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Comment: Re:I won't notice (Score 2) 331

by The Snowman (#48895155) Attached to: UHD Spec Stomps on Current Blu-ray Spec, But Will Consumers Notice?

Exactly this. A well encoded DVD is plenty good enough for anything other than very large screens and for people with insanely large screens they won't be buying 4k because it will cost more than their homes.

Nope. I have a 46" 1080p HDTV and sit around 10 feet from it. I have compared DVD and Blu-ray versions of some of the same movies that I bought on both mediums. The difference is night and day. If I watch on my 1080p computer monitor, 23" and I sit about 2 feet away, it is even more noticeable.

DVDs annoy the piss out of me because they are so blurry. Blu-rays might not be the high-resolution king anymore, but they are certainly not blurry.

Comment: Re:any repercussions? (Score 4, Informative) 165

by The Snowman (#48761977) Attached to: Porn Companies Are Going After GitHub

The Github projects being taken down contain source code that is definitely somebody's intellectual property in each case. And by filing fraudulent DMCA takedown requests, these porn sites are misrepresenting themselves as the owners of that intellectual property.

I know this is Slashdot, and asking someone to read the article is a bit much, but nobody is removing projects or any IP from Github. They are demanding that Google remove the links from their search results. From the article, emphasis added:

Several Digital Millenium Copyright Act (DMCA) complaints filed to Google by companies representing various porn companies in the last month alone have resulted in dozens of legitimate GitHub URLs being removed from the search engine's results, TorrentFreak first reported.

The exact same text appears in the summary at the top of this page. You do not even have to read the article, just the summary!

Comment: Re:Shyeah, right. (Score 1) 284

by The Snowman (#48532347) Attached to: Is LTO Tape On Its Way Out?

I have two LG BD-R drives, but they are discontinued. Honestly I would just browse Amazon and read the reviews in-depth. There are some useless reviews out there but it is fairly easy to determine which products are good and bad based on the good reviews. I can say my older LG drives are still holding up just fine.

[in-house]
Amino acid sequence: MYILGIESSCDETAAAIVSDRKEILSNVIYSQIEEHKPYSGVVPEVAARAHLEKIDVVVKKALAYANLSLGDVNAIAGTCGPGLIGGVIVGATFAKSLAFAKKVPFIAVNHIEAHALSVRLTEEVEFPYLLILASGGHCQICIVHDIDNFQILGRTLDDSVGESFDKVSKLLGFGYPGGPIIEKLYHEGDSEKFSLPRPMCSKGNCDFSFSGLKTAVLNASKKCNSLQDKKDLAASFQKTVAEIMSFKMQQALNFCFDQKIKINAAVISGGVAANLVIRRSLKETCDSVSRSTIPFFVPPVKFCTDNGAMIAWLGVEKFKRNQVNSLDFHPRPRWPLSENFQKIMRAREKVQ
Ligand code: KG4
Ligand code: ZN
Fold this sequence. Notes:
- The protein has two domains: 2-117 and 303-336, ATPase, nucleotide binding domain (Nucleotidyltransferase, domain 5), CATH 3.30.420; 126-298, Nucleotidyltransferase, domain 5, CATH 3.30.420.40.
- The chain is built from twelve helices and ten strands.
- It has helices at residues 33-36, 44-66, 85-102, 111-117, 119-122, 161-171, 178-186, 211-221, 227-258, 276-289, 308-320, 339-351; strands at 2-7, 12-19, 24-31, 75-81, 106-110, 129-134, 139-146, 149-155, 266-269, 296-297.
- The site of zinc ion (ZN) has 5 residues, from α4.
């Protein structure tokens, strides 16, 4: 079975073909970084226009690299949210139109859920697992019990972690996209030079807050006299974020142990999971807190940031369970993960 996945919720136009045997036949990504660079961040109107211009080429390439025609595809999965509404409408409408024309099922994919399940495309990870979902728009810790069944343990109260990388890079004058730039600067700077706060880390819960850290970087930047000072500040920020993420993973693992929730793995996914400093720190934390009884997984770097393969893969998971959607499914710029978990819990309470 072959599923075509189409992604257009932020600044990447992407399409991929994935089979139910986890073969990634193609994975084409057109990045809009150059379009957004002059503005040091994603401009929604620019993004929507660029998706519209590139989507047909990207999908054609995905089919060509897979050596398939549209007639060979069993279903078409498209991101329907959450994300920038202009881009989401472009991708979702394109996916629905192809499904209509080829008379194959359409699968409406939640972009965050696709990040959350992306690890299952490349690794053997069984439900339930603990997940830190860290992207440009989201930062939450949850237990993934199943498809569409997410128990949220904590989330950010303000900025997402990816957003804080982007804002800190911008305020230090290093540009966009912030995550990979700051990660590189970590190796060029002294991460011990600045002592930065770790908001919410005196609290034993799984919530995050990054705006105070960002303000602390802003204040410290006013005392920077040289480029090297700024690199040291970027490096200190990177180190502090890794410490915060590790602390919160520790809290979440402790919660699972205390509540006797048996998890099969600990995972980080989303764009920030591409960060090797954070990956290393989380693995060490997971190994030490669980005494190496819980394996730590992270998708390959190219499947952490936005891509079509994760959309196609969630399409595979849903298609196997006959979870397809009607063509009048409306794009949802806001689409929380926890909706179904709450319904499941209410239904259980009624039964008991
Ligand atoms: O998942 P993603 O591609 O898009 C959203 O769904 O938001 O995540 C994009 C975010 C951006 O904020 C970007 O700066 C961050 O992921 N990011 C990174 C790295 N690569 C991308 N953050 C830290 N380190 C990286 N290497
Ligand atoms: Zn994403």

I remember back when CD drives were new in PCs (back when the CD was connected to the SoundBlaster, not PATA or SATA). After a while the mechanicals would go and they would fail to seek. I remember old burners failing to burn after a while. Honestly, any drive I have bought in the last 10-15 years has lasted as long as the rest of the computer without any problems, including the two BD-R drives I use. That is probably a combination of technology improving and the fact that I do my research and find good quality drives.

As to your SSD comment, they have improved quite a bit recently. I just bought a 512 GB for the same price as a 256 GB just two years prior. The quality and durability are improving as well. If you have been holding out making the switch, now is a good time and it will only get better.

Comment: Re:Shyeah, right. (Score 1) 284

by The Snowman (#48466449) Attached to: Is LTO Tape On Its Way Out?

I guess I'll have to bite the bullet and get a BD burner soon, does anybody here have exp with using BD for storage? How are they holding up?

I have two BD-R drives. Much like with DVDs, I use a good quality media: pretty much all of the good DVD brands also make good BD-Rs, e.g. Verbatim. I store the discs in a cool, dry place away from sunlight (disc binders). After about four years I have had no problems reading any disc I have burned.

Blu-ray discs have two advantages over DVD. First is size: a single layer disc holds 25 GB, or approximately three times as much as a dual layer DVD. Dual layer discs hold 50 GB, or approximately six times as much as a dual layer DVD. This drastically reduces both the annoyance of burning (sitting at the computer swapping discs) as well as the amount of physical space required.

The second advantage, which I wish applied to other media as well, is the scratch-resistant coating. Due to the much tighter storage density as well as the thinner layer of plastic required to get the laser closer to the data surface, a scratch is more serious for a Blu-ray. To help with this, they use a much more durable plastic that does not scratch easily unless you are deliberately gouging the surface.

For commercial use, go with tape. For home use, I love my BD-R. A 50 GB BD-R disc holds plenty of data for a home user, is durable, and can last years under residential conditions.

Comment: Re:The "old boys' club" (Score 1) 335

by The Snowman (#48010821) Attached to: State of Iowa Tells Tesla To Cancel Its Scheduled Test Drives

federal

how? it's not interstate commerce.

Tesla Motors is headquartered in Palo Alto, CA. They are trying to sell in as many states as possible, and this article is about them conducting commerce in Iowa. Last time I checked, Iowa and California were different states. Furthermore, Tesla is building a battery factory in Nevada and their assembly plant is in Fremont, CA. While obviously California-centric, they are involved in multiple states.

Comment: Re:Considering my doctor... (Score 2) 97

by The Snowman (#47628047) Attached to: The Doctor Will Skype You Now

I would imagine these are for the case where the patient can't get to the doctor's office frequently. Whether this raise privacy concerns would be open for interpretation.

Or for follow-ups. I had an appointment with a specialist this last Monday. She prescribed some stuff, said to call back or come in (if necessary) in two weeks. What if I could Skype for five minutes and say how things are going, maybe show the affected area of my body on the camera for a quick look. Saves time all around. Then if I really do need to come in for a personal visit, we can schedule that.